7 Ways Congress Can Invest in Students with Learning and Attention Issues

Written by Rachel Norman, Policy and Advocacy Program Assistant | 3 years ago

Over the past year, NCLD has worked directly with Congress to expand educational opportunities and improve outcomes for students with learning and attention issues through laws like the Every Student Succeeds Act (ESSA) and the READ Act.

In order for these laws to be effective, Congress needs to provide adequate funding in their annual budget.

Last week, the Senate Appropriations Committee passed a bill that would fund the Department of Education and other related agencies.

NCLD sent a letter to Congress urging them to invest in programs that support all students. In particular, we urge Congress to:

  1. Invest in high quality early learning opportunities, including the Individuals with Disabilities Education Act (IDEA) infants, toddlers, and preschool grant programs and the Preschool Development Grants. It is no secret that the early years in your child’s life are the most formative. The sooner schools can screen for and identify learning and attention issues, the sooner they can provide students with appropriate interventions and supports.
  1. Fully fund Special Education, specifically the IDEA grants to states, which help to provide special education services to 2.5 million students with learning disabilities around the country. IDEA guarantees students with disabilities the right to accommodations and services, like specialized instruction and assistive technology. Parents know that when we invest in providing students with the supports they need, their potential is limitless.
  1. Ensure teachers are prepared to meet the needs of all students through programs like the Supporting Effective Instruction state grants and IDEA’s personnel preparation programs. Your child’s teacher is the single most important in-school factor impacting her achievement. Because most students with learning and attention issues spend most of the day in the general education classroom, it is necessary to build the expertise of all educators to provide all students, including those who have learning and attention issues, with a meaningful educational experience.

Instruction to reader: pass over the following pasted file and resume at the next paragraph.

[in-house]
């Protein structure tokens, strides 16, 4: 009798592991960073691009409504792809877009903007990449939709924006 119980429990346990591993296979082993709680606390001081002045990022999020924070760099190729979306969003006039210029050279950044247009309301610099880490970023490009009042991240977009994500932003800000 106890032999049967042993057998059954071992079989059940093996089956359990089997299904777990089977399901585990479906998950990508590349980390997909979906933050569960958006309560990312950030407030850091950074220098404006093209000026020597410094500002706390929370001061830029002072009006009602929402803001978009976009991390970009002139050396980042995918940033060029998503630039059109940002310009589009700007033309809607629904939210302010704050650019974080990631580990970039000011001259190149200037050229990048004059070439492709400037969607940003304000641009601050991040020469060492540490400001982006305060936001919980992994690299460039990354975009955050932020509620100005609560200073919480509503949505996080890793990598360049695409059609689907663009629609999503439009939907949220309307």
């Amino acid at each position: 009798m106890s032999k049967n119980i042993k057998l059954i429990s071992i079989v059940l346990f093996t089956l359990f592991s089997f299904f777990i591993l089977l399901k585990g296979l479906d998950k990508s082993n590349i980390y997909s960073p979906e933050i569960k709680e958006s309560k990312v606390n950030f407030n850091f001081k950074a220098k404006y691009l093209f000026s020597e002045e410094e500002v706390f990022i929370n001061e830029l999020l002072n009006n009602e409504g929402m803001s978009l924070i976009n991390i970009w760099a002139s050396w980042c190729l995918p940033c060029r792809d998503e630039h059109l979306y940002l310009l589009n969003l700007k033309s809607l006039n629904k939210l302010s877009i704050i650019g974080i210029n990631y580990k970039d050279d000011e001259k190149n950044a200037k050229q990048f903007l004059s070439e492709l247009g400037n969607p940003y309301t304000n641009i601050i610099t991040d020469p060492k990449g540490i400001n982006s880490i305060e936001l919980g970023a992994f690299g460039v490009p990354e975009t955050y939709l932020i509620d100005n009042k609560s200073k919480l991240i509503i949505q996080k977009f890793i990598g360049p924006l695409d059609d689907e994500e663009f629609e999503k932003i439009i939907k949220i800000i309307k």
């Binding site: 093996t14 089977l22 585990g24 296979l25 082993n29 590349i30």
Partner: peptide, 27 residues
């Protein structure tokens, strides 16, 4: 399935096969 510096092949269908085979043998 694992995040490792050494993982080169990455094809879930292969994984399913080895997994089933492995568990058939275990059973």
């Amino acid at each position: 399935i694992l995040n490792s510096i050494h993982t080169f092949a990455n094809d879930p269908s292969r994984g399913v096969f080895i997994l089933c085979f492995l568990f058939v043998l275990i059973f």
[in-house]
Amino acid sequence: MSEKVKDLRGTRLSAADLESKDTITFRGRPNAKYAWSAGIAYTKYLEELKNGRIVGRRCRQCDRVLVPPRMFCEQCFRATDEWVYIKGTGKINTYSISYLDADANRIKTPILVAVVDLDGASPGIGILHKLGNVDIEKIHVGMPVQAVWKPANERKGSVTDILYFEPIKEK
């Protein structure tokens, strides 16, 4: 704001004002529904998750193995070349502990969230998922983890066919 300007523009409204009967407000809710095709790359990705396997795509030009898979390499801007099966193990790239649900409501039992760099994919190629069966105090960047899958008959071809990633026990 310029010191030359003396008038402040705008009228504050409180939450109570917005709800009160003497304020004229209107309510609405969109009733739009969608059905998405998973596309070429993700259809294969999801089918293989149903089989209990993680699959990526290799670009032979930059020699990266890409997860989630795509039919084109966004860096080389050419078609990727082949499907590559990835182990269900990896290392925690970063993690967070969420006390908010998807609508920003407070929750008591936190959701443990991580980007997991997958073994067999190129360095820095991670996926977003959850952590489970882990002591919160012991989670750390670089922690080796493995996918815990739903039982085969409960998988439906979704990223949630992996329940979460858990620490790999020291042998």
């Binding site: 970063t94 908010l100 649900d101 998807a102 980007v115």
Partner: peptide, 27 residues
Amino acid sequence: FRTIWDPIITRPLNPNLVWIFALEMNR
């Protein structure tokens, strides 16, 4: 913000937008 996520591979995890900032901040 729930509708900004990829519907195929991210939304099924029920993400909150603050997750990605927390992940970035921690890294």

1. Invest in evidence-based interventions by funding research at the National Center for Special Education Research (NCSER), the National Science Foundation (NSF), and the National Institute of Child Health and Human Development (NICHD). The research conducted at these centers provides us with information on how to tailor interventions to students with learning and attention issues that are rooted in the science of learning and the brain.
  1. Engage parents in their child’s education through the Special Education Parent Information Centers authorized in IDEA and the Statewide Family Engagement Centers (SFECs) grant program authorized in ESSA. Under IDEA, parents are essential members of their child’s IEP team. Similarly, ESSA recognizes parents as key stakeholders in education decision-making.
  1. Ensure that all students learn to read with the help of the Comprehensive Literacy Programs recently authorized in the LEARN Act and the Comprehensive Literacy Center authorized in ESSA. Reading is a fundamental skill that is often hard for students with learning disabilities, like dyslexia, to master. Early recognition of learning challenges combined with timely, effective evidence-based services are critical to support student success.
  1. Improve transition to college for students with learning and attention issues by investing in the National Center for College Students with Disabilities (NCCSD), which provides critical information to families and assistance to colleges to meet the needs of all students. More students with learning and attention issues are graduating high school than ever before, yet many still face barriers. Colleges need to become welcoming environments for diverse learners.

The education budget is far from written in stone. Over the next several months, Congress will work to create a finalized budget for the President to sign into law this fall.

Throughout this process, members of Congress need to hear directly from parents and their children on how funding will have a real impact for the millions of students across the country with learning and attention issues.

That’s why we urge you to contact your representative (find them here), and tell them how your child relies on the services and supports funded by Congress to help her thrive.